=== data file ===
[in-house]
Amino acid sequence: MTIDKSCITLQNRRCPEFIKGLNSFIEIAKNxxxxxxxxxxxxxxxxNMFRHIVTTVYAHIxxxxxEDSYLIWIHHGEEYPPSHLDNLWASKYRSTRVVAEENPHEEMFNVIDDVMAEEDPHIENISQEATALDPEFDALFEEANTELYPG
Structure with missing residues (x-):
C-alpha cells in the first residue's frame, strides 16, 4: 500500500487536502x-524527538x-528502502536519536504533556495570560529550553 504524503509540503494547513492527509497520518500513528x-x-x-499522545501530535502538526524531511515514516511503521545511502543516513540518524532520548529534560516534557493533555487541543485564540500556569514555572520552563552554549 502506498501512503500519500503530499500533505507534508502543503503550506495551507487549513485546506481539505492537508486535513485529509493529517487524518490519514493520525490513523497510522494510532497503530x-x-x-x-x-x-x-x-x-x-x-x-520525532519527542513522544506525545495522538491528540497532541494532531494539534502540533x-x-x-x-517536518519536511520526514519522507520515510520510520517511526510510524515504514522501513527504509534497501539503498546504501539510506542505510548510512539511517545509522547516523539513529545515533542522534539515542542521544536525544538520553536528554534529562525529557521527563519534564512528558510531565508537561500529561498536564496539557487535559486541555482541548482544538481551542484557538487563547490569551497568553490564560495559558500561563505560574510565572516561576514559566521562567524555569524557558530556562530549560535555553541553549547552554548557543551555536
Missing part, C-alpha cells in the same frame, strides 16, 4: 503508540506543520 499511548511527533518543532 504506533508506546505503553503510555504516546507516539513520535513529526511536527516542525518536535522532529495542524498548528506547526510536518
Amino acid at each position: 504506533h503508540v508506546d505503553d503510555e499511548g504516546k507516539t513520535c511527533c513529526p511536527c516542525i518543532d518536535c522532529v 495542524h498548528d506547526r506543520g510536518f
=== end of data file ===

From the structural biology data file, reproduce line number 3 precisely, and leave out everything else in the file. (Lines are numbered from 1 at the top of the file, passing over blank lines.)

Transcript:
Structure with missing residues (x-):